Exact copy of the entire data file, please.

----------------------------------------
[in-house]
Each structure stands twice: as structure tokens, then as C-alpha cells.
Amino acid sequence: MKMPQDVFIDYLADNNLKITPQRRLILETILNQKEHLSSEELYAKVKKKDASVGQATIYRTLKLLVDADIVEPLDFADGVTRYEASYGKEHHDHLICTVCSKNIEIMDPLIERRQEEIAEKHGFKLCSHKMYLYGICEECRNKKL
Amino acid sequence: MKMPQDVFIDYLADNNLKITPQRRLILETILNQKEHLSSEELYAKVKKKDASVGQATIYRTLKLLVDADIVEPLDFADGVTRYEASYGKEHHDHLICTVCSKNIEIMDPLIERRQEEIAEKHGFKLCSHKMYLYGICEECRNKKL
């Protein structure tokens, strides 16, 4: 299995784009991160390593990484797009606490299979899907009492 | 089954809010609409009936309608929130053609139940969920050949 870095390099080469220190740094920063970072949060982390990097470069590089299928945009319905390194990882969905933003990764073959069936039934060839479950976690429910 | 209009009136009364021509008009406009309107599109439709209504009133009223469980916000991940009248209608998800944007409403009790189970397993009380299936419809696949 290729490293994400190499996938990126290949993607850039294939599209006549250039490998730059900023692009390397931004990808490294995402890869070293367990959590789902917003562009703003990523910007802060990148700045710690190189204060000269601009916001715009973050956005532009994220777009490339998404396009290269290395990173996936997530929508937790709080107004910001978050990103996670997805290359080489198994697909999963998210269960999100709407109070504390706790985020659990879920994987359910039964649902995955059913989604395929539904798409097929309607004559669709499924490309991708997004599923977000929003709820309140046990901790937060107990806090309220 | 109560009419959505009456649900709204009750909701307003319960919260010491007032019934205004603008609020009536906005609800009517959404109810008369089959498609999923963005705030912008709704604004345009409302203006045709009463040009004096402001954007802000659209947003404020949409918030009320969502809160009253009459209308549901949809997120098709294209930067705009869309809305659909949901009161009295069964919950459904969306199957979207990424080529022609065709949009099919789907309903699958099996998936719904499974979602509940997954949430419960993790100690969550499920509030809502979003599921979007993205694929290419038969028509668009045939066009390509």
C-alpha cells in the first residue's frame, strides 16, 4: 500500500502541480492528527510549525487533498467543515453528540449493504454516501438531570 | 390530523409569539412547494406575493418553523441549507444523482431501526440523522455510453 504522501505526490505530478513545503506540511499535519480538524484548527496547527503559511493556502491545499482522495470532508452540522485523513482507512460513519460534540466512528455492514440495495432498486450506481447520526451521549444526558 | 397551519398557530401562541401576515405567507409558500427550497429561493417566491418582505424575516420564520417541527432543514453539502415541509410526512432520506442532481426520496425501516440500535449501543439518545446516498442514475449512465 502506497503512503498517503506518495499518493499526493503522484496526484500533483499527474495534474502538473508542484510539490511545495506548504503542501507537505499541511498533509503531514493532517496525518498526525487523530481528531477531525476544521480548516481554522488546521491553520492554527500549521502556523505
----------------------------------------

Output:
[in-house]
Each structure stands twice: as structure tokens, then as C-alpha cells.
Amino acid sequence: MKMPQDVFIDYLADNNLKITPQRRLILETILNQKEHLSSEELYAKVKKKDASVGQATIYRTLKLLVDADIVEPLDFADGVTRYEASYGKEHHDHLICTVCSKNIEIMDPLIERRQEEIAEKHGFKLCSHKMYLYGICEECRNKKL
Amino acid sequence: MKMPQDVFIDYLADNNLKITPQRRLILETILNQKEHLSSEELYAKVKKKDASVGQATIYRTLKLLVDADIVEPLDFADGVTRYEASYGKEHHDHLICTVCSKNIEIMDPLIERRQEEIAEKHGFKLCSHKMYLYGICEECRNKKL
């Protein structure tokens, strides 16, 4: 299995784009991160390593990484797009606490299979899907009492 | 089954809010609409009936309608929130053609139940969920050949 870095390099080469220190740094920063970072949060982390990097470069590089299928945009319905390194990882969905933003990764073959069936039934060839479950976690429910 | 209009009136009364021509008009406009309107599109439709209504009133009223469980916000991940009248209608998800944007409403009790189970397993009380299936419809696949 290729490293994400190499996938990126290949993607850039294939599209006549250039490998730059900023692009390397931004990808490294995402890869070293367990959590789902917003562009703003990523910007802060990148700045710690190189204060000269601009916001715009973050956005532009994220777009490339998404396009290269290395990173996936997530929508937790709080107004910001978050990103996670997805290359080489198994697909999963998210269960999100709407109070504390706790985020659990879920994987359910039964649902995955059913989604395929539904798409097929309607004559669709499924490309991708997004599923977000929003709820309140046990901790937060107990806090309220 | 109560009419959505009456649900709204009750909701307003319960919260010491007032019934205004603008609020009536906005609800009517959404109810008369089959498609999923963005705030912008709704604004345009409302203006045709009463040009004096402001954007802000659209947003404020949409918030009320969502809160009253009459209308549901949809997120098709294209930067705009869309809305659909949901009161009295069964919950459904969306199957979207990424080529022609065709949009099919789907309903699958099996998936719904499974979602509940997954949430419960993790100690969550499920509030809502979003599921979007993205694929290419038969028509668009045939066009390509």
C-alpha cells in the first residue's frame, strides 16, 4: 500500500502541480492528527510549525487533498467543515453528540449493504454516501438531570 | 390530523409569539412547494406575493418553523441549507444523482431501526440523522455510453 504522501505526490505530478513545503506540511499535519480538524484548527496547527503559511493556502491545499482522495470532508452540522485523513482507512460513519460534540466512528455492514440495495432498486450506481447520526451521549444526558 | 397551519398557530401562541401576515405567507409558500427550497429561493417566491418582505424575516420564520417541527432543514453539502415541509410526512432520506442532481426520496425501516440500535449501543439518545446516498442514475449512465 502506497503512503498517503506518495499518493499526493503522484496526484500533483499527474495534474502538473508542484510539490511545495506548504503542501507537505499541511498533509503531514493532517496525518498526525487523530481528531477531525476544521480548516481554522488546521491553520492554527500549521502556523505